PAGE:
When she talks about auras and energies, Mai says she lives in her head. Ty Lee doesn't know about that. As far as she can tell, she lives in her body; she lives in the eager bunching of muscles in her thighs and feet, in the clean snap of her arms and fingers knifing into pressure points, in the hot pivot of her hips as the rest of her cartwheels and flips and flips and flips. She lives in her own delight over the succulent weight of her breasts, the round beat of her calves, the sweat shivering down strands of dark hair.
When Mai says she lives in her head, Azula says there's plenty of room.
But Azula is folded in so tight on herself, like scarlet paper dragonflowers they used to make as girls -- hundreds of tiny, cramped creases all needing to be just so perfect in order for the finished product to look right, like a blossom clenched into a blood fist -- so Ty Lee breathes deep and smiles pink at her. If Ty Lee had her way they would the three of them make flowers out of gauze tissue and silk that spread open at the brush of damp fingers, turning deep and moist where they were touched. If Ty Lee had her way they would break down all the barriers and scaly-hard encrusted images of not only themselves but their people, in a whirlwind of whipping hair and bruising kisses and demanding bodies, until the image is no image at all and they are the Fire Nation, one and every one bright proud clear crimson with no need for the blood fist.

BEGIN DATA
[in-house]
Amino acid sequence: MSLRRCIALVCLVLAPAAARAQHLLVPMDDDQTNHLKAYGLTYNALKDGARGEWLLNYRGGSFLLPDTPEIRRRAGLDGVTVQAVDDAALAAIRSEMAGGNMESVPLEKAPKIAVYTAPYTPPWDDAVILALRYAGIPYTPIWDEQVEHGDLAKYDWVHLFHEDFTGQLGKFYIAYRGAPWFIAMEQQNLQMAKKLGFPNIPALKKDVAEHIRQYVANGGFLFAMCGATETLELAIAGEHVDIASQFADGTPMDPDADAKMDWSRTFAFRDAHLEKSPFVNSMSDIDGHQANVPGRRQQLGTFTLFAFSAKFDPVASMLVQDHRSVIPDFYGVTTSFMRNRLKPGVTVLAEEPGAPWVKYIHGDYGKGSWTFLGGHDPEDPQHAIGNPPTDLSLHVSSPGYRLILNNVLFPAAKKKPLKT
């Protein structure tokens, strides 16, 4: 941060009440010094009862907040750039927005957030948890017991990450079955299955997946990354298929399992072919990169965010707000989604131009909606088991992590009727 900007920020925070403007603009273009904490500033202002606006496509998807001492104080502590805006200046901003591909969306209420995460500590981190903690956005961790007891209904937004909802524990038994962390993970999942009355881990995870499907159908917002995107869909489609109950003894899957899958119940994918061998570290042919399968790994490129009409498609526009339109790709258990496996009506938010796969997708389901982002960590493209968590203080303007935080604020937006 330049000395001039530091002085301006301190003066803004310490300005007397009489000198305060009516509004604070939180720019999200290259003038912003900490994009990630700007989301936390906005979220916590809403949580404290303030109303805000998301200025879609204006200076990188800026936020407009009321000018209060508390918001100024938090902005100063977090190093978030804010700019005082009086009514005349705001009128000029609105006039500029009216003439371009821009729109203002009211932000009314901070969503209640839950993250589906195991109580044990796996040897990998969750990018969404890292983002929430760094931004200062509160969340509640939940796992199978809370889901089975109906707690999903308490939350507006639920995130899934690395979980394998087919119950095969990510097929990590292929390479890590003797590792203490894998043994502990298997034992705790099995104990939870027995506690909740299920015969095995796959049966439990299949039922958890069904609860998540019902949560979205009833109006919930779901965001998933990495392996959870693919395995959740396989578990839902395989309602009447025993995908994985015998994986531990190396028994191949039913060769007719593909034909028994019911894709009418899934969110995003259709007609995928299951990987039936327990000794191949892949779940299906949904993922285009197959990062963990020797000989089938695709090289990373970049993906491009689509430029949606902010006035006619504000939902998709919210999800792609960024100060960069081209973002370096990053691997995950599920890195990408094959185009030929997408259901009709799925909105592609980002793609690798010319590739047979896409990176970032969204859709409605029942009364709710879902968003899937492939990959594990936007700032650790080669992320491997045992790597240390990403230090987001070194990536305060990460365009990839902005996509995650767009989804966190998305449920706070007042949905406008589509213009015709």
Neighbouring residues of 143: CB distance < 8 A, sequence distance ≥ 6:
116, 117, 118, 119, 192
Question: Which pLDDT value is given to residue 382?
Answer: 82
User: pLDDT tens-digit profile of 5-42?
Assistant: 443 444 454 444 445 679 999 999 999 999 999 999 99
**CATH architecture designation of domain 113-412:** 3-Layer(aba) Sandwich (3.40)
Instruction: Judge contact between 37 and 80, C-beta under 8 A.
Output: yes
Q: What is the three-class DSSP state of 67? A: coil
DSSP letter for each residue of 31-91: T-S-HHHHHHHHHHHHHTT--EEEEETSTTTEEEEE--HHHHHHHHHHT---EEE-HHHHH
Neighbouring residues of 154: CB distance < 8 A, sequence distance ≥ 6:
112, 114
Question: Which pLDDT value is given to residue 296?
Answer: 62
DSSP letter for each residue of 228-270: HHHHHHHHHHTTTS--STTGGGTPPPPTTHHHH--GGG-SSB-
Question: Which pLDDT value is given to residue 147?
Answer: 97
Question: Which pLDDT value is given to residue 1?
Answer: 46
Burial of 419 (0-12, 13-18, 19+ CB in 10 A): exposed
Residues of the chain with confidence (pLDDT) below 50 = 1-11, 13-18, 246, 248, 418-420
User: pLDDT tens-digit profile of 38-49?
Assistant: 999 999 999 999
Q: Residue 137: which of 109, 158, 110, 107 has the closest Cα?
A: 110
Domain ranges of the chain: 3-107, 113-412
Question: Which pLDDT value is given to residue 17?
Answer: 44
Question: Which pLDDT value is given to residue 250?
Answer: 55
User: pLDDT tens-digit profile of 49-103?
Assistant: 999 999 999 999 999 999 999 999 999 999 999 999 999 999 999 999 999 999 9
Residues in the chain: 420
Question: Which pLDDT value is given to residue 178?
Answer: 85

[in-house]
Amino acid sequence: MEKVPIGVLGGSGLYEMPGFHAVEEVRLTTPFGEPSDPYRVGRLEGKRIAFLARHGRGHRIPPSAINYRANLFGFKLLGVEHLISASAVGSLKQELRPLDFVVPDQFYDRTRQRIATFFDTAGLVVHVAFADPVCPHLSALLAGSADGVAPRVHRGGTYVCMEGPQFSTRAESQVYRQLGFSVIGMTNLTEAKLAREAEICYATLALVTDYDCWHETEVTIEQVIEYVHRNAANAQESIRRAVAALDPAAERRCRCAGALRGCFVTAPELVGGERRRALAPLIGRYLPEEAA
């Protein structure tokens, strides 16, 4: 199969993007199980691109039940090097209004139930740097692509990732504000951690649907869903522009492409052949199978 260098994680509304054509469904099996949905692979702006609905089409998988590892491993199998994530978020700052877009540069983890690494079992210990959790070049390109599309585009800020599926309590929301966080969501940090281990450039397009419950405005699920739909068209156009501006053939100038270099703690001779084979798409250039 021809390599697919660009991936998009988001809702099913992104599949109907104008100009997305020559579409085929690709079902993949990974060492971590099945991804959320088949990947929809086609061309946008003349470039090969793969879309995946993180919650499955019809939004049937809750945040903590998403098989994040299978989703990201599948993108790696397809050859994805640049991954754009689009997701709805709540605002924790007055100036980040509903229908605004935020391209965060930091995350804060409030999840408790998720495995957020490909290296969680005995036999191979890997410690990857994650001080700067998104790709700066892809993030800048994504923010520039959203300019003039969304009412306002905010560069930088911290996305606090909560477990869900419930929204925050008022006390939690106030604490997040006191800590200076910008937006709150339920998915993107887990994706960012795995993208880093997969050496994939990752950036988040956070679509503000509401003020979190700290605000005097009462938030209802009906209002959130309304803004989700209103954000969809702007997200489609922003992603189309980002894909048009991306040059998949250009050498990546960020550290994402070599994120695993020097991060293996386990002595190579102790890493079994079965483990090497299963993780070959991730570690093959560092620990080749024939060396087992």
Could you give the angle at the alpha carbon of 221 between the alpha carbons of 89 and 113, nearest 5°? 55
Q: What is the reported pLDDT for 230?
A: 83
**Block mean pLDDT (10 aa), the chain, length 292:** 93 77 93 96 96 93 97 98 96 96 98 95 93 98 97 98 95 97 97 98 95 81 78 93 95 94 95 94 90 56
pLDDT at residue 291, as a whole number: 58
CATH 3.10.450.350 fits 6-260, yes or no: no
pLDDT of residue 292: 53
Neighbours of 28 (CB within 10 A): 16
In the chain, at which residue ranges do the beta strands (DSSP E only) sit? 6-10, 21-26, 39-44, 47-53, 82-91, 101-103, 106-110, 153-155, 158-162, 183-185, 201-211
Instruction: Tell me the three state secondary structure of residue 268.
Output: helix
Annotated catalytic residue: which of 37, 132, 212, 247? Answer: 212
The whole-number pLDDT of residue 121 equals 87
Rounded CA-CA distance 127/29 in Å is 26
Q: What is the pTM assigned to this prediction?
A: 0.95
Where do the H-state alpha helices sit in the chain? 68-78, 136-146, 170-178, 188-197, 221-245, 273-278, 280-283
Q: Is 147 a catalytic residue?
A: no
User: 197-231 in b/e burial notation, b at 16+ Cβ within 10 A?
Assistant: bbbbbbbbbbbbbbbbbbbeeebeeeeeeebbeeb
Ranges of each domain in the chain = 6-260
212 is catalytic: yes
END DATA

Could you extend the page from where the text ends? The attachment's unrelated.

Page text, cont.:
It's complicated, though. Because to be honest Ty Lee gets all prickly and hungry inside when she fights and hits and she has to press her thighs together and breathe deep and smile pink and push it down, down until she's ready. So maybe that's how her people are; too aswirl with violent lust to be proud clear crimson just yet. But Ty Lee can see it, just over the horizon of the black sun, and she's starting to reach towards it.